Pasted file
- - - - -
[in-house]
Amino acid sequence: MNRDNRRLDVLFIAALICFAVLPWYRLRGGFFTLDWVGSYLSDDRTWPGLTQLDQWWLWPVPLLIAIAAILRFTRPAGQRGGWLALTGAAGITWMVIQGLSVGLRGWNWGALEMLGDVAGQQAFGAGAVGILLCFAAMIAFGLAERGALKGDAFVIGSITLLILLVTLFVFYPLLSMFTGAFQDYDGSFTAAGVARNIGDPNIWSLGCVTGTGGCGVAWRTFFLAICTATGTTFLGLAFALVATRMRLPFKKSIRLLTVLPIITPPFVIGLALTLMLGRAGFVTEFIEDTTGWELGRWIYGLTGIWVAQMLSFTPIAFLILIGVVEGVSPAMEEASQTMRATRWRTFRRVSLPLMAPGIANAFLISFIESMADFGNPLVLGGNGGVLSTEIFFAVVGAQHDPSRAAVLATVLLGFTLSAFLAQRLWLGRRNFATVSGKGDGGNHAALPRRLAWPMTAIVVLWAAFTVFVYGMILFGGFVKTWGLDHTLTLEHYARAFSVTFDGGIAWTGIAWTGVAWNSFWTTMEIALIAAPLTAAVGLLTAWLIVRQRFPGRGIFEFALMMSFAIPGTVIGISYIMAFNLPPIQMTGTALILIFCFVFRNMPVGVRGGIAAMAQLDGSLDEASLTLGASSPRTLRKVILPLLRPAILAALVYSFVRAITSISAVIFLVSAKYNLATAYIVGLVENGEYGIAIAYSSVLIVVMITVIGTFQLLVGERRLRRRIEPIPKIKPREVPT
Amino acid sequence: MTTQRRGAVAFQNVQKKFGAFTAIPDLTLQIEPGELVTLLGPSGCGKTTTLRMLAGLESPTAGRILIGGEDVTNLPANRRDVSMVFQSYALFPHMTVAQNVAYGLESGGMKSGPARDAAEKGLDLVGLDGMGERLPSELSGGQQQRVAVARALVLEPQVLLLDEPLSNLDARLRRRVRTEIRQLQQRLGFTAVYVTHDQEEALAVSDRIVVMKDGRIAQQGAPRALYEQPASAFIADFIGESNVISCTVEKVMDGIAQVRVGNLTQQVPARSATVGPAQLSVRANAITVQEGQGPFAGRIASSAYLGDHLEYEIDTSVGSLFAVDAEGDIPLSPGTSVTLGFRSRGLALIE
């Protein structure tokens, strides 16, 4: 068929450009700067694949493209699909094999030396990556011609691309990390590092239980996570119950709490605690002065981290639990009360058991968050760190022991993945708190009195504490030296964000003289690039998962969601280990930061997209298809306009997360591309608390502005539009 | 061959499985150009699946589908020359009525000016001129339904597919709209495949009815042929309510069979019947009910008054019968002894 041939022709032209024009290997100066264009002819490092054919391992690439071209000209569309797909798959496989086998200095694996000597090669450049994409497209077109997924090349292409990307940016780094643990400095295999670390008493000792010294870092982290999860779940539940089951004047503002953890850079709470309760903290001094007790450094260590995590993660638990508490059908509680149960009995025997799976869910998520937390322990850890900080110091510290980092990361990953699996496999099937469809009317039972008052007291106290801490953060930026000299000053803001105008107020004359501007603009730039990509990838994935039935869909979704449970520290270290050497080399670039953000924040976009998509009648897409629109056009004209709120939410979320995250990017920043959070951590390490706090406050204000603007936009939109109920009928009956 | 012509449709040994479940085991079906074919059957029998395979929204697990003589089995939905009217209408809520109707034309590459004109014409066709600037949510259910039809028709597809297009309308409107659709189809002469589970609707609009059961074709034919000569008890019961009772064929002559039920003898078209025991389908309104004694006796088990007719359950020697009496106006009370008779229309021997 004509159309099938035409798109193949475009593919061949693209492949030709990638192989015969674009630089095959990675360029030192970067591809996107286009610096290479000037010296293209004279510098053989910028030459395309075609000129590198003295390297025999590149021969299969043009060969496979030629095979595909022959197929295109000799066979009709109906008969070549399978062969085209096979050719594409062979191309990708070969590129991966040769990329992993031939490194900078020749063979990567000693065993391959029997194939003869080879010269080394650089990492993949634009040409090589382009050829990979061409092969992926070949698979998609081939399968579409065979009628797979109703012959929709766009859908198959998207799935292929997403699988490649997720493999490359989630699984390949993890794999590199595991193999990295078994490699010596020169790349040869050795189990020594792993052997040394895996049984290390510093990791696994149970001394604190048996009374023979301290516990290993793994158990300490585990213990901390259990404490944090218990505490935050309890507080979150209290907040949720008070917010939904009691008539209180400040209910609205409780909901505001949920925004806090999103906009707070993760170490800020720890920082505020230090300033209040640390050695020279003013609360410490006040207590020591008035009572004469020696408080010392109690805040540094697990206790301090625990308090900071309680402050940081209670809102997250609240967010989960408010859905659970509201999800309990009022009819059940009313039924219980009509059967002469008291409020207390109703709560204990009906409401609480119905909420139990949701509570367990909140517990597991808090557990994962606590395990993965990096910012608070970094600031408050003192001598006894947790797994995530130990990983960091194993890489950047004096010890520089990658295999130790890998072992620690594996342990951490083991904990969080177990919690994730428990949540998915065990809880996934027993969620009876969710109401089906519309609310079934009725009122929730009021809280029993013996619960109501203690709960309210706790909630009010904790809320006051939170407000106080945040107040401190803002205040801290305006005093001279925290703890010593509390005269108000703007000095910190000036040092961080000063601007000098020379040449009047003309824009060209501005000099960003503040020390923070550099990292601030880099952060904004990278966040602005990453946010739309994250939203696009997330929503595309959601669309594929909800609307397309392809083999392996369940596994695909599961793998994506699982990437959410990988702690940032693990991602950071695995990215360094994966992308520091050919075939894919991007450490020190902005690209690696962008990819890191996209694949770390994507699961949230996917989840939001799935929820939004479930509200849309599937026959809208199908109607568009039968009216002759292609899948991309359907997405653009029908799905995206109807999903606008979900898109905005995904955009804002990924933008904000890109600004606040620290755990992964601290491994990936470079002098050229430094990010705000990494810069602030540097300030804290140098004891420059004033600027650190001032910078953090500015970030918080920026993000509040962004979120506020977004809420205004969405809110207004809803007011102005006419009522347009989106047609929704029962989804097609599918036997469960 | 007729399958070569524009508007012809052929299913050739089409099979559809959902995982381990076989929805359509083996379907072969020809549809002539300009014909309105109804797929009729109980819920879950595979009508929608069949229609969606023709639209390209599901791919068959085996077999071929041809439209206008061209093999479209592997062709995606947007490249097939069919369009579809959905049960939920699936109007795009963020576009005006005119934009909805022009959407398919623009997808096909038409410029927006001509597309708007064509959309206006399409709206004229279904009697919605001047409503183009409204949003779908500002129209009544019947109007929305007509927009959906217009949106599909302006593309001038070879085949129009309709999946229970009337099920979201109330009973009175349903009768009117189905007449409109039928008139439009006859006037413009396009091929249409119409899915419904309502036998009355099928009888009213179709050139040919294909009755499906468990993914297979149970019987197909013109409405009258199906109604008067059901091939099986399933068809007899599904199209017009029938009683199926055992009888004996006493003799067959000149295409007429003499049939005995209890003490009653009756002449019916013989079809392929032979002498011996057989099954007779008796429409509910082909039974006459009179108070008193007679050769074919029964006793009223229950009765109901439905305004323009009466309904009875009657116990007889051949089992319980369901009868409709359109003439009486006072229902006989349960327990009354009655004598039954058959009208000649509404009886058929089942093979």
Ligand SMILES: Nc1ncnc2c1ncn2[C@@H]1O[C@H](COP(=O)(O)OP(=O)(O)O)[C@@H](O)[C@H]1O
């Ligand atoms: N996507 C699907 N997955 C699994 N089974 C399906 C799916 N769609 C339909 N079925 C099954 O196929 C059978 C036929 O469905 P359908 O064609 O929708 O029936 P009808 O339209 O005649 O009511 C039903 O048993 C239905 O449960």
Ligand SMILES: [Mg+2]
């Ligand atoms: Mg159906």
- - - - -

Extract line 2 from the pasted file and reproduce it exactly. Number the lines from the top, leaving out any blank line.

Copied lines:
Amino acid sequence: MNRDNRRLDVLFIAALICFAVLPWYRLRGGFFTLDWVGSYLSDDRTWPGLTQLDQWWLWPVPLLIAIAAILRFTRPAGQRGGWLALTGAAGITWMVIQGLSVGLRGWNWGALEMLGDVAGQQAFGAGAVGILLCFAAMIAFGLAERGALKGDAFVIGSITLLILLVTLFVFYPLLSMFTGAFQDYDGSFTAAGVARNIGDPNIWSLGCVTGTGGCGVAWRTFFLAICTATGTTFLGLAFALVATRMRLPFKKSIRLLTVLPIITPPFVIGLALTLMLGRAGFVTEFIEDTTGWELGRWIYGLTGIWVAQMLSFTPIAFLILIGVVEGVSPAMEEASQTMRATRWRTFRRVSLPLMAPGIANAFLISFIESMADFGNPLVLGGNGGVLSTEIFFAVVGAQHDPSRAAVLATVLLGFTLSAFLAQRLWLGRRNFATVSGKGDGGNHAALPRRLAWPMTAIVVLWAAFTVFVYGMILFGGFVKTWGLDHTLTLEHYARAFSVTFDGGIAWTGIAWTGVAWNSFWTTMEIALIAAPLTAAVGLLTAWLIVRQRFPGRGIFEFALMMSFAIPGTVIGISYIMAFNLPPIQMTGTALILIFCFVFRNMPVGVRGGIAAMAQLDGSLDEASLTLGASSPRTLRKVILPLLRPAILAALVYSFVRAITSISAVIFLVSAKYNLATAYIVGLVENGEYGIAIAYSSVLIVVMITVIGTFQLLVGERRLRRRIEPIPKIKPREVPT